Title: Red Kayak
Author: Priscilla Cummings
Publisher: Puffin, 2004
Where and why: I got it from my local library. It was a summer reading book and sounded interesting, plus it seemed like it would be a good pick for boys. I need to read more "boy" books.
One cold and stormy April day, 13-year-old Brady is called to help on a rescue mission—his neighbors, Mrs. DiAngelo and her 3-year-old son Ben, go missing after going out on their new red kayak. After some searching, the rescue team manages to find Mrs. DiAngelo, but Brady is the one who finally finds Ben, not breathing and so cold his lips are blue. He manages to keep him alive until he makes it to the paramedics, but it looks grim.
At first hailed as a hero, things quickly turn around for Brady when the child dies. Wracked with guilt for not being able to save him, and for not yelling out to the DiAngelos the morning of the accident when he and his two best friends saw the kayak in the water, he is at first unable to grieve properly and move on, but eventually finds a little peace when he begins to help Mrs. DiAngelo with yard work and odd jobs. However, a terrible discovery leads Brady to make one difficult and life-altering decision.
At its heart, this crime drama is about grief, guilt, and, more subtly, forgiveness and acceptance. Brady really struggles with the decisions he must make, as he knows they'll not only affect him, but everyone close to him. It's obvious what the "right thing" to do is, but it's so layered and complex that even I had a tough time deciding what I thought he should do. For younger readers, this will really challenge them to think about how they would act in the same sort of situation.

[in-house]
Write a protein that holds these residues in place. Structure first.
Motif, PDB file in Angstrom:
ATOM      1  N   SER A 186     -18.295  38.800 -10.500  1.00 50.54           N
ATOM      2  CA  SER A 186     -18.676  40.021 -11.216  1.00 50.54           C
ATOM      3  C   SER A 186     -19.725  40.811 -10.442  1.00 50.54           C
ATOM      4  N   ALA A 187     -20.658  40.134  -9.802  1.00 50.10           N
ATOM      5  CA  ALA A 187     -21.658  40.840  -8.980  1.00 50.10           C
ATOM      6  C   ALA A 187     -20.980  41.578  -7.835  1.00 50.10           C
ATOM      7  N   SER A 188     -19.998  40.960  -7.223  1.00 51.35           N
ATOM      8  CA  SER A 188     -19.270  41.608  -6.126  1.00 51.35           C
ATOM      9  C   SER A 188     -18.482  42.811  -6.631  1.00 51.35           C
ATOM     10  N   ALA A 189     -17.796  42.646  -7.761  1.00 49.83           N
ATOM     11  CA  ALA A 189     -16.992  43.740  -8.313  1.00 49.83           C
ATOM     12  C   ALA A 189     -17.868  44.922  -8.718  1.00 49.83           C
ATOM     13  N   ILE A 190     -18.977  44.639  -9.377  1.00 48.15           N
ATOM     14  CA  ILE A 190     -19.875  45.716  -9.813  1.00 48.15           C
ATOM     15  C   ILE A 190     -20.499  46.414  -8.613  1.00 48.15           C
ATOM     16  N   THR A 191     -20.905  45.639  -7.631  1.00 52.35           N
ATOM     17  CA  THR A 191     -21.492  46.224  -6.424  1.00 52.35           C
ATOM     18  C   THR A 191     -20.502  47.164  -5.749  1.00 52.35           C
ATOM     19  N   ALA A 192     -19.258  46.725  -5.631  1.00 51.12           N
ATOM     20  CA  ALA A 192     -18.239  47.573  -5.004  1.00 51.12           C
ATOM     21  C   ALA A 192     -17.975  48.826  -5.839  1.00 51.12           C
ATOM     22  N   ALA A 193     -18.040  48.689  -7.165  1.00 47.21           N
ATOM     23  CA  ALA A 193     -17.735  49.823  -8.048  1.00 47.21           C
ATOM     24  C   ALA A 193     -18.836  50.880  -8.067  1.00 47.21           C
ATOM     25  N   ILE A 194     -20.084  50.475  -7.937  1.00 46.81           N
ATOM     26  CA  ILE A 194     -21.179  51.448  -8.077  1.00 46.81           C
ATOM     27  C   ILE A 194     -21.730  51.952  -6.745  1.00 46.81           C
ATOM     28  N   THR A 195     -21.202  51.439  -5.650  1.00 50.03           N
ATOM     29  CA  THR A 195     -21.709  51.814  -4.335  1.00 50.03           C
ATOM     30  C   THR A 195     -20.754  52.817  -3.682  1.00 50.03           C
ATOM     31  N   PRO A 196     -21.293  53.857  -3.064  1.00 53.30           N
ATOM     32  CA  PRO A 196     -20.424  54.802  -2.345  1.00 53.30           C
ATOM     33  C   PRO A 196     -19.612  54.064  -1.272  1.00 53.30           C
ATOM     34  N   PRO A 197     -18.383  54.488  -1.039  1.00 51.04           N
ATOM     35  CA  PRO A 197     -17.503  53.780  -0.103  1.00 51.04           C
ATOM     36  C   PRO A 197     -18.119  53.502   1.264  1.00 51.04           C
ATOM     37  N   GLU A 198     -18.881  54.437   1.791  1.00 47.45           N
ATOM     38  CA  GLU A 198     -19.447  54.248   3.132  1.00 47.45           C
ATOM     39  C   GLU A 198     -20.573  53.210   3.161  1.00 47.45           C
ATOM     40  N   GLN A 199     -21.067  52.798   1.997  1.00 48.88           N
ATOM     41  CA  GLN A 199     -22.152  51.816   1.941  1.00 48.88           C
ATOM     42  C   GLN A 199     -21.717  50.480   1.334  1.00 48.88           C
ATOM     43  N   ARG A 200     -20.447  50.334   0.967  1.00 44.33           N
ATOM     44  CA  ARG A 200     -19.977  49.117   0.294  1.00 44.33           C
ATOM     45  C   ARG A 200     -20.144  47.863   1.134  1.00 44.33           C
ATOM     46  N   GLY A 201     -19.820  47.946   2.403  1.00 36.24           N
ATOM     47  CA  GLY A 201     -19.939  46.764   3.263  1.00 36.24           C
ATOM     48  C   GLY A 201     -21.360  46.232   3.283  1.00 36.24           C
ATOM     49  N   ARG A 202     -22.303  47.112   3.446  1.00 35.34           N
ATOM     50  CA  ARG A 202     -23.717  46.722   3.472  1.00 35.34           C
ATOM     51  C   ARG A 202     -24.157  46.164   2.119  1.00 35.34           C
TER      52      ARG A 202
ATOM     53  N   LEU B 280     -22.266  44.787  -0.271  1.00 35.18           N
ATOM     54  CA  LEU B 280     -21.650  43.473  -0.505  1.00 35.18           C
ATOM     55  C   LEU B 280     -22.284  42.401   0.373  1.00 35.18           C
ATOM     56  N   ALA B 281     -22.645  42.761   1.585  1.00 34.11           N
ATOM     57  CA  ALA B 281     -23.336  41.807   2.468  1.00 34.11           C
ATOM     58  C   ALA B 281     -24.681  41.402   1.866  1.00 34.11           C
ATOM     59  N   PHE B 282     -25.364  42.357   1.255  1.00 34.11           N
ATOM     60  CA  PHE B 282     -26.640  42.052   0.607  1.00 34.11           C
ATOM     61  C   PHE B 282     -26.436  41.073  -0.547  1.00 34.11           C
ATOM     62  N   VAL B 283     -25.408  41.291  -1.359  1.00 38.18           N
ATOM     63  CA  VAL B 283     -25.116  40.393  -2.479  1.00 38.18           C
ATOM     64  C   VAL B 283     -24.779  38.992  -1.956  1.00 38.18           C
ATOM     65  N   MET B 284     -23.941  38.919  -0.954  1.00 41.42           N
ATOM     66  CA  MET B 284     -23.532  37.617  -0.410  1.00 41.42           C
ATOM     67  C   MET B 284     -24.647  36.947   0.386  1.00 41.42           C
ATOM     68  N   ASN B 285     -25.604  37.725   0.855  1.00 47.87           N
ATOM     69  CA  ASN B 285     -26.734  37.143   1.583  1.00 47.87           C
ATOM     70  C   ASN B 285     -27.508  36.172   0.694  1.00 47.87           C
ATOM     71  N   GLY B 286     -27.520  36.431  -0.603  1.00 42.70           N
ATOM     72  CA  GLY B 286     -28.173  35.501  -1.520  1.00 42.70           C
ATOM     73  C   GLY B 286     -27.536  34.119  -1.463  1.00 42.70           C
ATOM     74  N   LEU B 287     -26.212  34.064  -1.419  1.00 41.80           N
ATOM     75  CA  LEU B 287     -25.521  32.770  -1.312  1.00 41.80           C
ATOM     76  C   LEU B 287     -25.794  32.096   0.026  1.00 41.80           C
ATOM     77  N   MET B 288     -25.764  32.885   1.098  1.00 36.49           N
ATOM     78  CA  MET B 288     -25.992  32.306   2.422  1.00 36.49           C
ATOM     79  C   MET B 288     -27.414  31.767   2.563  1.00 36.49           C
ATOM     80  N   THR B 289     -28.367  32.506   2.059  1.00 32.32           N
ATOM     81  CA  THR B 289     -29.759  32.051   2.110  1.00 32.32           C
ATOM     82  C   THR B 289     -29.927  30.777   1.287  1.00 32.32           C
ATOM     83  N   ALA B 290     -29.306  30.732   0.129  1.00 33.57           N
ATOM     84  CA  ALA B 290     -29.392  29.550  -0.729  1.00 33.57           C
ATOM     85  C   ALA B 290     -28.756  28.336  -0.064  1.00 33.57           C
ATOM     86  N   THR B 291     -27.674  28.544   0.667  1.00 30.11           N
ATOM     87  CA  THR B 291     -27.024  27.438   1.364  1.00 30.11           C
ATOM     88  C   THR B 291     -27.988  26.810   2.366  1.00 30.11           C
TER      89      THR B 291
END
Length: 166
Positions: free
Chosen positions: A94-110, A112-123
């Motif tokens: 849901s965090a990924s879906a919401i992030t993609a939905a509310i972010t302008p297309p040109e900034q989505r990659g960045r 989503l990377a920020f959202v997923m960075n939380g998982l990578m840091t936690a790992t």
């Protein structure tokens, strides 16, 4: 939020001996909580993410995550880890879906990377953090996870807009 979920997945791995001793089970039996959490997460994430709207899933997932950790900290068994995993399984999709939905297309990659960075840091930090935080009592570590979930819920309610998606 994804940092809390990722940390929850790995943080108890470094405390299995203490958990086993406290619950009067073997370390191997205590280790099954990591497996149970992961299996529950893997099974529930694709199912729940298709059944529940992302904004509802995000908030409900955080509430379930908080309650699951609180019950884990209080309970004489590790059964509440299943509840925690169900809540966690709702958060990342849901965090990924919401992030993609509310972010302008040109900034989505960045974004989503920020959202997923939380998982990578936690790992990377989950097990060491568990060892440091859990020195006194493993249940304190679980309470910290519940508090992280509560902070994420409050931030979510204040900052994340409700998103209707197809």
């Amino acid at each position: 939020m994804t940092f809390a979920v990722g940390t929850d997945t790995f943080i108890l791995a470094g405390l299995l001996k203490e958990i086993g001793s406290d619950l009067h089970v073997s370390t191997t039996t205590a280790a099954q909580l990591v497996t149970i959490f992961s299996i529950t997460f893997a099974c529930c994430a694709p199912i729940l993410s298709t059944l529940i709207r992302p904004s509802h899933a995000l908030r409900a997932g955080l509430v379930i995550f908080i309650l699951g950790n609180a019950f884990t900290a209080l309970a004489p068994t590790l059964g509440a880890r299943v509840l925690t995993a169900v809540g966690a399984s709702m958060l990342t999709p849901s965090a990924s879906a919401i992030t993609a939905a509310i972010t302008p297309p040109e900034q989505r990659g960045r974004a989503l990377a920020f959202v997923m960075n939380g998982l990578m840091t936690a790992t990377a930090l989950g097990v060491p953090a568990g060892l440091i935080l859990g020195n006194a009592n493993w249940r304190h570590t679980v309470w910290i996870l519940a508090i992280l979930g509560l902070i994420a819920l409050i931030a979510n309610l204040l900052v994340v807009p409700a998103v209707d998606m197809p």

The pacing started off really well, with the first chapter consisting of Brady looking back on the events to unfold in the novel and wondering a series of "what ifs" that would have led to a different outcome. He doesn't reveal anything, and only as the story progresses do we see what his musings are all about. Though there are parts in the middle that kind of drag, which can be especially frustrating for reluctant readers, there are twists placed strategically throughout the book that keep the interest there.
My problem with the book was with the language. It was written in the vernacular, which in itself wasn't too bad, but there were times when it just got distracting for me. I really didn't like Brady's voice much either; at one point he uses the phrase "gee whiz," which never wins points with me unless it's used ironically, and unnecessary exclamation points abound. It just didn't seem very real to me; Cummings didn't pull off the teen male perspective very well, and I had trouble believing any teen would speak the way Brady does. He also tends to throw in boating jargon, which really affected the pacing in the all-important rescue scene.
Despite my minor beef with the narration and lagging bits in the middle, Red Kayak still has a lot of merit as far as themes are concerned. As I mentioned before, doing what's right is huge here, but the more subtle issue of forgiveness shines through in the end. I have to admit, I teared up during the final scenes—very touching.
This would be a decent choice to give to boys, though older teens might get bored with it because of the age of the main character and tone—it just sounds like it was meant for a younger audience. I would think it would be good for ages 12 to 15, or around there. And of course, girls would enjoy this just as much—the only reason I am focusing on boys here is that it can be difficult to find things they'd be interested in!